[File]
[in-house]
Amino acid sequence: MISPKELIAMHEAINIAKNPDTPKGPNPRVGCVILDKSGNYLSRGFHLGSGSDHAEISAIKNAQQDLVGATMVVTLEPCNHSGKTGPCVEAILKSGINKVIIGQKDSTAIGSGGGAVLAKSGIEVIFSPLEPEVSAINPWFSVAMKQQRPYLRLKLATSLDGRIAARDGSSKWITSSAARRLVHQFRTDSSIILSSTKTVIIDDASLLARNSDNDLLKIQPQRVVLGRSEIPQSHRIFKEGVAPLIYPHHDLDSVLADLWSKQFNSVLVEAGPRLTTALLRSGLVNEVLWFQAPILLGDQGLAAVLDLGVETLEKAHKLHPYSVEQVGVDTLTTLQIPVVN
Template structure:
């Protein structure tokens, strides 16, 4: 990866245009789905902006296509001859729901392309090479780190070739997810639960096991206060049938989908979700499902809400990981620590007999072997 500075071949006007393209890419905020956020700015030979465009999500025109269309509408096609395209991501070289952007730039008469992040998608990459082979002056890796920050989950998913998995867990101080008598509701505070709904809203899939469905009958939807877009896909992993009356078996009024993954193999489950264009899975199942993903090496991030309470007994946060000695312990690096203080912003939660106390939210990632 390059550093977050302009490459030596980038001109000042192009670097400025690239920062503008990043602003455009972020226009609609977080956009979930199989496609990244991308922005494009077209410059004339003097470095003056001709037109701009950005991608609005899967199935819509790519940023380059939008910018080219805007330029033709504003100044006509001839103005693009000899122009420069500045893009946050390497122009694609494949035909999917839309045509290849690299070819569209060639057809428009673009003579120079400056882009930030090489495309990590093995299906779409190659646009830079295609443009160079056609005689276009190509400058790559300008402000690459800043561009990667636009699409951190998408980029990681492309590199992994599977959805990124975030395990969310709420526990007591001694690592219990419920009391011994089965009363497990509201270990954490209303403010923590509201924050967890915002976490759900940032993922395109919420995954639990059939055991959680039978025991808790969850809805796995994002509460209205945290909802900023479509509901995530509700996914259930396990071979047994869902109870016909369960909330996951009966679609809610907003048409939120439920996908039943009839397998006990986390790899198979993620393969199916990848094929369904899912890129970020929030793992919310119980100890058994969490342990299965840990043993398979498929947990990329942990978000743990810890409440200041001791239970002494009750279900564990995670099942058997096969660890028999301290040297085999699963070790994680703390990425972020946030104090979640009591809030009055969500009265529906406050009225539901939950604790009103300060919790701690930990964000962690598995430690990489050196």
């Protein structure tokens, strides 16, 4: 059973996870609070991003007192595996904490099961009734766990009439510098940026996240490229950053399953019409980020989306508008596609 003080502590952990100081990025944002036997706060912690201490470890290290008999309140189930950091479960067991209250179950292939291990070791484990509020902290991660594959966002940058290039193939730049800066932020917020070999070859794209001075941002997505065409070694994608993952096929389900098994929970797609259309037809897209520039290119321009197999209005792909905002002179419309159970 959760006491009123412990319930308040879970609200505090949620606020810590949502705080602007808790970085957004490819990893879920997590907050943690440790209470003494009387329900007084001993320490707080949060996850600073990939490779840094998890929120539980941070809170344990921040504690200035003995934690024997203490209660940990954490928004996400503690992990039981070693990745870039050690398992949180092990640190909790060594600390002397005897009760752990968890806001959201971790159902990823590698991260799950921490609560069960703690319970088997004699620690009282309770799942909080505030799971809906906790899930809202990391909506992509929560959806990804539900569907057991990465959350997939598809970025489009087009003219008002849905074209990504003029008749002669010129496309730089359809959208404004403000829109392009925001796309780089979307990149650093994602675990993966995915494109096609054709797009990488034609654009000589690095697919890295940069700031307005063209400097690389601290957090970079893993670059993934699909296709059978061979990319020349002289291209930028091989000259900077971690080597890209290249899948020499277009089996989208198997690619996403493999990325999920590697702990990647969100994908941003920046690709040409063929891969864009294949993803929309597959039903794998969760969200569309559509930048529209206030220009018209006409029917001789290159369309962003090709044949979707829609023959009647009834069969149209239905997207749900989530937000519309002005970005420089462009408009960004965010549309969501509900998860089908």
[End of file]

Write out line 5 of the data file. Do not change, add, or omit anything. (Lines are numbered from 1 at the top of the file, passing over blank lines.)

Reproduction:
């Protein structure tokens, strides 16, 4: 059973996870609070991003007192595996904490099961009734766990009439510098940026996240490229950053399953019409980020989306508008596609 003080502590952990100081990025944002036997706060912690201490470890290290008999309140189930950091479960067991209250179950292939291990070791484990509020902290991660594959966002940058290039193939730049800066932020917020070999070859794209001075941002997505065409070694994608993952096929389900098994929970797609259309037809897209520039290119321009197999209005792909905002002179419309159970 959760006491009123412990319930308040879970609200505090949620606020810590949502705080602007808790970085957004490819990893879920997590907050943690440790209470003494009387329900007084001993320490707080949060996850600073990939490779840094998890929120539980941070809170344990921040504690200035003995934690024997203490209660940990954490928004996400503690992990039981070693990745870039050690398992949180092990640190909790060594600390002397005897009760752990968890806001959201971790159902990823590698991260799950921490609560069960703690319970088997004699620690009282309770799942909080505030799971809906906790899930809202990391909506992509929560959806990804539900569907057991990465959350997939598809970025489009087009003219008002849905074209990504003029008749002669010129496309730089359809959208404004403000829109392009925001796309780089979307990149650093994602675990993966995915494109096609054709797009990488034609654009000589690095697919890295940069700031307005063209400097690389601290957090970079893993670059993934699909296709059978061979990319020349002289291209930028091989000259900077971690080597890209290249899948020499277009089996989208198997690619996403493999990325999920590697702990990647969100994908941003920046690709040409063929891969864009294949993803929309597959039903794998969760969200569309559509930048529209206030220009018209006409029917001789290159369309962003090709044949979707829609023959009647009834069969149209239905997207749900989530937000519309002005970005420089462009408009960004965010549309969501509900998860089908």